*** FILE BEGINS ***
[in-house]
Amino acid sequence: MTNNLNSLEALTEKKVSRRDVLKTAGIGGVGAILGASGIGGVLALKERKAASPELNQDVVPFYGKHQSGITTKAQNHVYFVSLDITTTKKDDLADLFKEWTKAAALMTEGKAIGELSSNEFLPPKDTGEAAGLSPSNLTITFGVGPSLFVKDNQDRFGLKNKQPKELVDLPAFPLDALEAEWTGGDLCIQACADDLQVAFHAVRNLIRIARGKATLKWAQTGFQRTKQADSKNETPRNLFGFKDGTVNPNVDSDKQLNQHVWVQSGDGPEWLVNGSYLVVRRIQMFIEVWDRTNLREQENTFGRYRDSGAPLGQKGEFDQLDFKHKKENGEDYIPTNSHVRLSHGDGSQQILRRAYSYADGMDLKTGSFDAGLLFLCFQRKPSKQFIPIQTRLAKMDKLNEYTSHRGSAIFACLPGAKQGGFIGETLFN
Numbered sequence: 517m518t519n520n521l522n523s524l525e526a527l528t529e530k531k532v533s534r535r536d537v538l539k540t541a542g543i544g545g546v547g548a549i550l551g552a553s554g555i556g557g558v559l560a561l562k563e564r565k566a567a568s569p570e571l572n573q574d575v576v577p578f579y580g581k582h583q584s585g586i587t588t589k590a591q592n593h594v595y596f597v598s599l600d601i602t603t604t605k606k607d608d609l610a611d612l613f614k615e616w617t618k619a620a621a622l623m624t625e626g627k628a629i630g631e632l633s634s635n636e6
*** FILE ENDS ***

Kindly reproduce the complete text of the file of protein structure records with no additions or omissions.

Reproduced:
[in-house]
Amino acid sequence: MTNNLNSLEALTEKKVSRRDVLKTAGIGGVGAILGASGIGGVLALKERKAASPELNQDVVPFYGKHQSGITTKAQNHVYFVSLDITTTKKDDLADLFKEWTKAAALMTEGKAIGELSSNEFLPPKDTGEAAGLSPSNLTITFGVGPSLFVKDNQDRFGLKNKQPKELVDLPAFPLDALEAEWTGGDLCIQACADDLQVAFHAVRNLIRIARGKATLKWAQTGFQRTKQADSKNETPRNLFGFKDGTVNPNVDSDKQLNQHVWVQSGDGPEWLVNGSYLVVRRIQMFIEVWDRTNLREQENTFGRYRDSGAPLGQKGEFDQLDFKHKKENGEDYIPTNSHVRLSHGDGSQQILRRAYSYADGMDLKTGSFDAGLLFLCFQRKPSKQFIPIQTRLAKMDKLNEYTSHRGSAIFACLPGAKQGGFIGETLFN
Numbered sequence: 517m518t519n520n521l522n523s524l525e526a527l528t529e530k531k532v533s534r535r536d537v538l539k540t541a542g543i544g545g546v547g548a549i550l551g552a553s554g555i556g557g558v559l560a561l562k563e564r565k566a567a568s569p570e571l572n573q574d575v576v577p578f579y580g581k582h583q584s585g586i587t588t589k590a591q592n593h594v595y596f597v598s599l600d601i602t603t604t605k606k607d608d609l610a611d612l613f614k615e616w617t618k619a620a621a622l623m624t625e626g627k628a629i630g631e632l633s634s635n636e6